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Ernest LuningErnest LuningJanuary 22, 20185min1218

A bipartisan organization pushing ballot measures to change the way Colorado draws its legislative and congressional boundaries announced the support Monday of a number of groups representing rural, minority, business and civic reform interests. Fair Districts Colorado, a group chaired by Kent Thiry, the CEO of kidney dialysis giant DaVita Inc., said it now has the backing of Progressive 15 and Action 22, associations representing 37 counties in northeastern and southeastern Colorado, respectively; the African Leadership Group, an advocacy organization for African immigrants; Clean Slate Now, a group devoted to campaign finance reform; and Colorado Concern, an association of some of the state's top business executives.


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Ernest LuningErnest LuningJanuary 3, 201810min675

The battle is heating up over how Colorado draws its legislative and congressional boundaries. After failing to knock out a pair of proposed redistricting and reapportionment ballot measures in court, a rough coalition of mostly liberal and good-government groups filed competing ballot measures in late December and is vowing to take the choice before voters this fall — potentially a case of, if you can't beat 'em in court, join 'em on the ballot.


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Mike McKibbinMike McKibbinOctober 24, 20163min372

On the heels of reports of dead voters being sent ballots for years in Colorado comes a case of two ballots sent to the same person for the Nov. 8 general election. As reported by KDVR Fox 31, Jessica Olson of Evergreen said her 21-year-old daughter, Makinzy, received two mail-in ballots from the Jefferson County Elections Division the day after more than 3 million registered voters were sent the ballots statewide.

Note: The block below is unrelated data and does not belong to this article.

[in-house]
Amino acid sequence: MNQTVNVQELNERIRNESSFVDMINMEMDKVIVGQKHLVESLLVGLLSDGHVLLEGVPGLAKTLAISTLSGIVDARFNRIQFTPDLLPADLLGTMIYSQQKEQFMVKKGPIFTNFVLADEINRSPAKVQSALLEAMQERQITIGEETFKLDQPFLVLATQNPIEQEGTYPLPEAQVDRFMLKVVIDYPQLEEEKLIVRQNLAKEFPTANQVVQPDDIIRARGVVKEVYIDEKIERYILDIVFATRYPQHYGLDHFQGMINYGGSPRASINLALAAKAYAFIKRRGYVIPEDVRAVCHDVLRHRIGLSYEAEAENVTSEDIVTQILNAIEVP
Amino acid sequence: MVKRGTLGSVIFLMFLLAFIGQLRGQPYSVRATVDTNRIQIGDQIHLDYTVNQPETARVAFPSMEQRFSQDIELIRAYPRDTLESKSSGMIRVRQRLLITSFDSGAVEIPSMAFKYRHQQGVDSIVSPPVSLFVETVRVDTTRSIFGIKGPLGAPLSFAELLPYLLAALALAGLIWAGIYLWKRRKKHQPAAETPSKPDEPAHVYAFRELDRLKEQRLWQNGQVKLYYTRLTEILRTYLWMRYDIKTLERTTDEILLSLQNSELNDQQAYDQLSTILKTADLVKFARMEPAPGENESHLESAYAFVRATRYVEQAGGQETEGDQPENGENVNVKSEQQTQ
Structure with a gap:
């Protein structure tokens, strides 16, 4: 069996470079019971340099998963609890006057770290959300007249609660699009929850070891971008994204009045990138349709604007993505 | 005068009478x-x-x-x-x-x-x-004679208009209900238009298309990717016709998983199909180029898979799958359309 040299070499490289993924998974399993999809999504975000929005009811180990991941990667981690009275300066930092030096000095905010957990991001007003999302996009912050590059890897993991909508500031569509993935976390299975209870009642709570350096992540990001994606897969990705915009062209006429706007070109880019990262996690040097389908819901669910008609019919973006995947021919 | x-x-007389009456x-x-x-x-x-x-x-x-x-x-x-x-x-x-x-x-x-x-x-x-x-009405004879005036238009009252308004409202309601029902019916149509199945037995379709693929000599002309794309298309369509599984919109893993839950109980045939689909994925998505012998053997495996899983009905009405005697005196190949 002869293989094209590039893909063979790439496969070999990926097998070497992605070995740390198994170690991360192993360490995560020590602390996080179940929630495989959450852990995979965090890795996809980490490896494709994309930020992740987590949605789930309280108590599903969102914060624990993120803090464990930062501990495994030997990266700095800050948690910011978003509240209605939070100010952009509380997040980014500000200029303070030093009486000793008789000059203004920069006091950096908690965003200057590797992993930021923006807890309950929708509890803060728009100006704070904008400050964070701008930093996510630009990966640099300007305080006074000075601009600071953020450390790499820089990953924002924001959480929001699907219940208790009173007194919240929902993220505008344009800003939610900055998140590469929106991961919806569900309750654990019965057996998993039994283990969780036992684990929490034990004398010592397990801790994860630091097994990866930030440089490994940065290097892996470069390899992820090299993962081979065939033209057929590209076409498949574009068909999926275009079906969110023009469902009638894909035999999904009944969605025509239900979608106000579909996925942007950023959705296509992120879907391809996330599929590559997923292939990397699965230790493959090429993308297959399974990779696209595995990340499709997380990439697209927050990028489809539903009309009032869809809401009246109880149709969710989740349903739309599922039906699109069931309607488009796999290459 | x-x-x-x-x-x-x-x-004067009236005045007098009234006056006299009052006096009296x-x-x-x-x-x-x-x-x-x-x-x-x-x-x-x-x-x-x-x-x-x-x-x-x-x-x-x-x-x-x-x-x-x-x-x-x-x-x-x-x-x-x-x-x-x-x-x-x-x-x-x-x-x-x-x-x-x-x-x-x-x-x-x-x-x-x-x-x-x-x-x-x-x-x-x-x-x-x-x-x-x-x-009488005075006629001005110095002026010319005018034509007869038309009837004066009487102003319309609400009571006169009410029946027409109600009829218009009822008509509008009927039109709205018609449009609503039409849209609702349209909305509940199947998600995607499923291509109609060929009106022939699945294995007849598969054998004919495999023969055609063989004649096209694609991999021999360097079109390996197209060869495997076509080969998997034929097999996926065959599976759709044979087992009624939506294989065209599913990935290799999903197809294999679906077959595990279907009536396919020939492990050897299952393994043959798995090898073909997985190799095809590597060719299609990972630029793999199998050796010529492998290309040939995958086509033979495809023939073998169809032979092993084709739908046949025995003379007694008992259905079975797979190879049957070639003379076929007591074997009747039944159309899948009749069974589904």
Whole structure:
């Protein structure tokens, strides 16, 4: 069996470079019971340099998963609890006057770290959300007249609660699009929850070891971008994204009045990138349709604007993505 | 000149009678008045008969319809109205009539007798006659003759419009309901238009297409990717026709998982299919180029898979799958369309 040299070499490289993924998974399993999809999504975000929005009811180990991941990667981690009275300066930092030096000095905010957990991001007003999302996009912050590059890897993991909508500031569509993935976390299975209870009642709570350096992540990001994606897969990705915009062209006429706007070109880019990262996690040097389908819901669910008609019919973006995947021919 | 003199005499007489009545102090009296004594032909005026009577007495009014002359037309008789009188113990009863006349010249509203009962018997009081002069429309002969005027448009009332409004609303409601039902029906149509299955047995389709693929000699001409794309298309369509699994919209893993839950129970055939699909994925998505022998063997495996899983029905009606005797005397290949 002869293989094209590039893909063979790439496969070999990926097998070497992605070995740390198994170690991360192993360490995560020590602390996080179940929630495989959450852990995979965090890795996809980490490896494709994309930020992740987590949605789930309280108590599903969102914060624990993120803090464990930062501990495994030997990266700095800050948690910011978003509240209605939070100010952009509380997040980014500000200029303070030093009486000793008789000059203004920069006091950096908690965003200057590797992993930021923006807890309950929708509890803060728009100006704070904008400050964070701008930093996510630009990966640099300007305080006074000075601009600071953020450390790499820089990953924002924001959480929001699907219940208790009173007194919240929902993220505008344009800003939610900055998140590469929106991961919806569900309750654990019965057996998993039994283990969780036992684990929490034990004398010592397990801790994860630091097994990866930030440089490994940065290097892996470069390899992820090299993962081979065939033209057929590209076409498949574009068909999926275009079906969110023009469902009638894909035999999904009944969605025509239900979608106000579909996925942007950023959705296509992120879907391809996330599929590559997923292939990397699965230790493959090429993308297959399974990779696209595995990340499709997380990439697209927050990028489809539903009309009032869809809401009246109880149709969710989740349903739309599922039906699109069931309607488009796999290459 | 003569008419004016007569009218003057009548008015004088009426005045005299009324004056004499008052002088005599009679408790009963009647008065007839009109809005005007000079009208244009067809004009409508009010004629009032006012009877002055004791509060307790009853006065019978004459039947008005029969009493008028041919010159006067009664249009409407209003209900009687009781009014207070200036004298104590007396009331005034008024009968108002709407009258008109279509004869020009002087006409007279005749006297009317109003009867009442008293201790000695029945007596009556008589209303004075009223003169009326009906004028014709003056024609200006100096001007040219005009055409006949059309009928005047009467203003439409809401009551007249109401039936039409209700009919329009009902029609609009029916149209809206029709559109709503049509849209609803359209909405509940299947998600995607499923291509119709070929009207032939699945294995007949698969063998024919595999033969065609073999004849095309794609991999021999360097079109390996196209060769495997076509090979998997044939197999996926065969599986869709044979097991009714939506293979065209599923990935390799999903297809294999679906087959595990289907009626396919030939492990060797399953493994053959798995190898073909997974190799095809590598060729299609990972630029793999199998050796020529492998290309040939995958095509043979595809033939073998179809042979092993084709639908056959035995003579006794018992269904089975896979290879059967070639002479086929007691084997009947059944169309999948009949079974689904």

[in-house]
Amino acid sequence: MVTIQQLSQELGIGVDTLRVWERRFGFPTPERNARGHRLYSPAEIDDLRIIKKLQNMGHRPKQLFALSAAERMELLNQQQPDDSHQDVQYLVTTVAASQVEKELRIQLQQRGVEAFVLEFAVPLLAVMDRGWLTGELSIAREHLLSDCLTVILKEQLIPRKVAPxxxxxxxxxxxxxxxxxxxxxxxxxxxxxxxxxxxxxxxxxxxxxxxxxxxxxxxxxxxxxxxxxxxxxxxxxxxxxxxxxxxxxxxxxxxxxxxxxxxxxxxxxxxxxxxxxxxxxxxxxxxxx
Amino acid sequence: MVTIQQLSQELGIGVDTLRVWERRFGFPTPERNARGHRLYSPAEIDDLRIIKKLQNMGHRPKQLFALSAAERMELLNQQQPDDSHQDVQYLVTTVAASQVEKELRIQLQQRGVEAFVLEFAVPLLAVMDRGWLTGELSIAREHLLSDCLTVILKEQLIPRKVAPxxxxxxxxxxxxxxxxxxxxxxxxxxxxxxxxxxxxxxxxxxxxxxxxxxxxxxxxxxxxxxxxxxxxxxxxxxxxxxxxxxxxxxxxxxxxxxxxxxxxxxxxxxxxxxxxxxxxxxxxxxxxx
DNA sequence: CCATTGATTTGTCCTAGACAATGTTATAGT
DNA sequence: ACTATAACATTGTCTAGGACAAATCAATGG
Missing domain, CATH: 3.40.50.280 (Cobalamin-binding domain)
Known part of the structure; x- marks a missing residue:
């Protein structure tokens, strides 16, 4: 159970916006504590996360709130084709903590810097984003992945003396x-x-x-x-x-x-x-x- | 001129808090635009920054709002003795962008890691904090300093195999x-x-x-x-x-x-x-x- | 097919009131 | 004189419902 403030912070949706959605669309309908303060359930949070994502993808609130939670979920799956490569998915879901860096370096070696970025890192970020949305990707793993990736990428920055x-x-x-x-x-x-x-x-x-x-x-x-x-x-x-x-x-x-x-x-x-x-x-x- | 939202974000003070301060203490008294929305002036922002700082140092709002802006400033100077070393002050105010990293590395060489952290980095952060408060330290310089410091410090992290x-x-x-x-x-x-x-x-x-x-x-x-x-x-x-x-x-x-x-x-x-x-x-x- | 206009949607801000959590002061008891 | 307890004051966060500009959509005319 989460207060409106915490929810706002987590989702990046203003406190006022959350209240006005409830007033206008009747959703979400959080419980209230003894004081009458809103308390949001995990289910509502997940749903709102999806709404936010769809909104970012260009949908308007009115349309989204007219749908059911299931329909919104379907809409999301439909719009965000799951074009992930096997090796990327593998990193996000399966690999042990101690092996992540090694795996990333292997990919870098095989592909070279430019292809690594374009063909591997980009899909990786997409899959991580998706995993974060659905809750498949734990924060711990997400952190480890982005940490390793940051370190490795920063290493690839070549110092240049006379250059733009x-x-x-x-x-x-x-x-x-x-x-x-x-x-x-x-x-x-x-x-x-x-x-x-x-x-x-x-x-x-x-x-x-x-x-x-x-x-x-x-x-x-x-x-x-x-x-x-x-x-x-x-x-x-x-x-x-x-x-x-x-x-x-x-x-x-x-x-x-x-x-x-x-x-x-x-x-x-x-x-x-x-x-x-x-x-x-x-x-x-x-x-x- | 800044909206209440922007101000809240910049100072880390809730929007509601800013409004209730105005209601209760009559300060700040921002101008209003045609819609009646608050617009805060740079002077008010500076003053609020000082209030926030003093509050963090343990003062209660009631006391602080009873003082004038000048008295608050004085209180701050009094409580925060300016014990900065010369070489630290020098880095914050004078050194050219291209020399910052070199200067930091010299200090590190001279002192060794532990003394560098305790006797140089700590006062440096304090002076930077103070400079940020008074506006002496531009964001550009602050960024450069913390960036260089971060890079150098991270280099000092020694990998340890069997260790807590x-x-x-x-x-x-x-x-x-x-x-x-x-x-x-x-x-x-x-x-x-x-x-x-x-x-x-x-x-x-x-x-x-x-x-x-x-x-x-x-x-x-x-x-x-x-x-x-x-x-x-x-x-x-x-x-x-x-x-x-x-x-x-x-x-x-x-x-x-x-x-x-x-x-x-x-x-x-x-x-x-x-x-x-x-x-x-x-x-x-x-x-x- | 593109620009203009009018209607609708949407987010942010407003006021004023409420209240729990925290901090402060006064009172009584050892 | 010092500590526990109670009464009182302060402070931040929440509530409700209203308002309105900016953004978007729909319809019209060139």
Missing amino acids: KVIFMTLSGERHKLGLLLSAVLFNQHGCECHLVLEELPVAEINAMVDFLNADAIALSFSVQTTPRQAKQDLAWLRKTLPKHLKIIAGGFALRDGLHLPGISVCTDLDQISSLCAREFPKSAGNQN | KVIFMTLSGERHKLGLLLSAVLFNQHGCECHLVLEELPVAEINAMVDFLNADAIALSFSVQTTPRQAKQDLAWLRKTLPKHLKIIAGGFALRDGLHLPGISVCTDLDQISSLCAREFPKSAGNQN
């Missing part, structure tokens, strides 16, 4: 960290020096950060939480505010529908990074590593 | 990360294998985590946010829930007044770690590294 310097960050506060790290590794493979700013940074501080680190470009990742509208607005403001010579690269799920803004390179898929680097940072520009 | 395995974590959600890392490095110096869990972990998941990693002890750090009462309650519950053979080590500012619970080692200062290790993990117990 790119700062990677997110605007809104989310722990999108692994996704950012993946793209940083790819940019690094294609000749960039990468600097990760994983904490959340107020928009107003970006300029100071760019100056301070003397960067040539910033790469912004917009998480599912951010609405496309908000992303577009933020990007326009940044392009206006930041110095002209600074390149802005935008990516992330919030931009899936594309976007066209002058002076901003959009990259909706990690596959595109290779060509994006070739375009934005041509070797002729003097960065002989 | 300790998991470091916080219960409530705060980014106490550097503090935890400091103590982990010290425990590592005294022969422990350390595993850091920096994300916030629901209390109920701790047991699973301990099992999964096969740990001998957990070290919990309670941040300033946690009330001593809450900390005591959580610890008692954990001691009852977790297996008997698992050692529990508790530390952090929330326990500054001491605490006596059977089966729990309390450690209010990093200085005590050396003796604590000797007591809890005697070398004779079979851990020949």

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Colorado PoliticsColorado PoliticsOctober 19, 20161min322

As Republican campaigners we are faced with ballots unsecured overnight by Democrat clerks; people casting votes in adjacent districts just before polls close; large numbers of provisional ballots cast by people who haven't moved; van-loads of people arriving at a polling place with only one able to speak English and all giving the same address; harvesting ballots from apartment house lobbies; same day registration with utility bills shown as "proof" of citizenship; accusations of "witch-hunting" when finding dead voters and people casting multiple votes; etc.


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Mike McKibbinMike McKibbinSeptember 21, 201617min317

A proposed constitutional amendment to add stricter regulations to the sale of marijuana and related products in Colorado did not make the Nov. 8 general election ballot because the industry "bought off" companies that help gather petition signatures, backers of the failed measure claim. A marijuana industry official called the allegation untrue and backers "old school" in their total opposition to marijuana.


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Jared WrightJared WrightSeptember 18, 20164min289

Proposals to pile on regulations and to soak Coloradans of billions of dollars in new taxes will crowd the ballot you receive next month. Can you afford to shell out more of your hard-fought income to various governmental entities? Many Coloradans are struggling — and government already has so much. Should you give them more? What are these proposals clamoring for your cash? First, government health care for all Coloradans through so-called ColoradoCare. This one is on your ballot as Amendment 69. It would be paid for by a 10% increase in income tax, giving Colorado the highest income tax rate in the nation. And that’s just the beginning. This tax can be raised again and again as prompted by an unaccountable oversight board. Can you afford that?


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Paula NoonanPaula NoonanSeptember 18, 20165min305

Oil and gas companies had a good day in Colorado this week when Secretary of State Wayne Williams declared that two anti-fracking initiatives, Nos. 75 and 78, didn’t collect enough signatures to meet the 98,000-plus threshold to get on the ballot. The industry, which had already spent over $15 million to defeat the proposed constitutional amendments, was relieved of spending many millions more.